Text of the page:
The European Union has made it clear that it wants Apple to make stronger in-app purchase protection, which would lessen the number of inadvertent in-app purchases being made all the time.

A Friday update to an ongoing investigation into Apple’s in-app purchasing shows that the EU is not pleased with the lack of improvements Apple has shown when it comes to protecting its customers. Although other companies, such as Google, have shown progress, Apple is still lagging behind.

Google, for example, will be removing the word “free” from any game that has in-app purchases. This will be done by September 2014, Google has said, as well as other improvements, such as requiring a password before every in-app purchase is bought. This will hopefully prevent kids from making huge purchases on their phones or tablets and will let parents know if an app has in-app purchases or not.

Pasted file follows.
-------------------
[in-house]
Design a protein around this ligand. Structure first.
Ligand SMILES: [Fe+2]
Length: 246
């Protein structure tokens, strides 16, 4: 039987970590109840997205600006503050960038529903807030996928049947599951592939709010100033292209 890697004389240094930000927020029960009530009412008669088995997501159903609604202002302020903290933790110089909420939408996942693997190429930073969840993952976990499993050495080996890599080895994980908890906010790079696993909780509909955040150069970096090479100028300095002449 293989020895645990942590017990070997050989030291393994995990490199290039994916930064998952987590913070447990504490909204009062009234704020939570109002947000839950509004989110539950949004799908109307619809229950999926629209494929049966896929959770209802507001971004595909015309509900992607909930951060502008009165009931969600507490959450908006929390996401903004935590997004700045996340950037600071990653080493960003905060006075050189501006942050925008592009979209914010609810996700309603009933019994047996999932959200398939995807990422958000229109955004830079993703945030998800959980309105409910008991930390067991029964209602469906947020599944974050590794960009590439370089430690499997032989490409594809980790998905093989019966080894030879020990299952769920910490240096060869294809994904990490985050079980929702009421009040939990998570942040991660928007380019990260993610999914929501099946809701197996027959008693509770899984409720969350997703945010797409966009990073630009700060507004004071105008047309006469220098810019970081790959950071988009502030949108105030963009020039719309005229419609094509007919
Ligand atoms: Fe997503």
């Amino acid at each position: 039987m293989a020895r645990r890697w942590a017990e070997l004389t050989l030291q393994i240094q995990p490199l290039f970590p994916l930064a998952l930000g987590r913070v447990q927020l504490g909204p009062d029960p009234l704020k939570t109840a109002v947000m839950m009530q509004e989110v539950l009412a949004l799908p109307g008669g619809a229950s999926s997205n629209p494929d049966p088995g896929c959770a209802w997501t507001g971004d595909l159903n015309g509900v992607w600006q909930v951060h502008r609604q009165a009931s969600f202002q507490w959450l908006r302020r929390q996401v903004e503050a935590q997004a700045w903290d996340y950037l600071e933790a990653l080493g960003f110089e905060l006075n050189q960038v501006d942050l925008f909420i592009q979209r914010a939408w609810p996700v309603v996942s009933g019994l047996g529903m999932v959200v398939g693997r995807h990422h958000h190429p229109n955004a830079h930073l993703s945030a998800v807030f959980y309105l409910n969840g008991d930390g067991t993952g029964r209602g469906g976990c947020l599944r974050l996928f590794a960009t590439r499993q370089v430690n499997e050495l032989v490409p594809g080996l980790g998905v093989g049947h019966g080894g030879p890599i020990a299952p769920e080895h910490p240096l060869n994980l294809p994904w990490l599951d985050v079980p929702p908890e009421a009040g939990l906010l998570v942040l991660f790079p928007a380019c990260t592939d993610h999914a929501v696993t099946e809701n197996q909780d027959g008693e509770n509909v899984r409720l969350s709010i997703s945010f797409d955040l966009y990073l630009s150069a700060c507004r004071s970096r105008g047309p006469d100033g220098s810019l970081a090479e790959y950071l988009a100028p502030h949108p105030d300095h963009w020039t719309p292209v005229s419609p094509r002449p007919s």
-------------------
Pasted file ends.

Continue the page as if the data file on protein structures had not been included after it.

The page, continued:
Apple, on the other hand, has not yet made any such commitments, although they have expressed a need for change.

“No firm commitment and no timing have been provided for the implementation of such possible future changes,” said the EU.

So far, Apple has made one improvement. The words “In-App Purchases” appears on the pages of free apps that offer in-app purchases. But this isn’t enough, the EU said, as the words are too small and may not alert users.

The EU has also been pushing Apple to require that a password be put in before any in-app purchase is made. Currently, when buying things on an iPad or iPhone, Apple does not require a password be put in again until 15 minutes after a purchase is made. This means that kids can make numerous purchases without needing to know their parents’ password, as long as their parents put one in before the 15 minutes time limit is up.

Apple has said that some parental controls will be added into iOS 8, which will come out sometime this fall. One new feature will be “Ask to Buy,” which will ask a parent for approval if a child tries to buy something on his or her iPad or iPhone. Hopefully, this will put Apple on par with Google in terms of in-app purchase protection.

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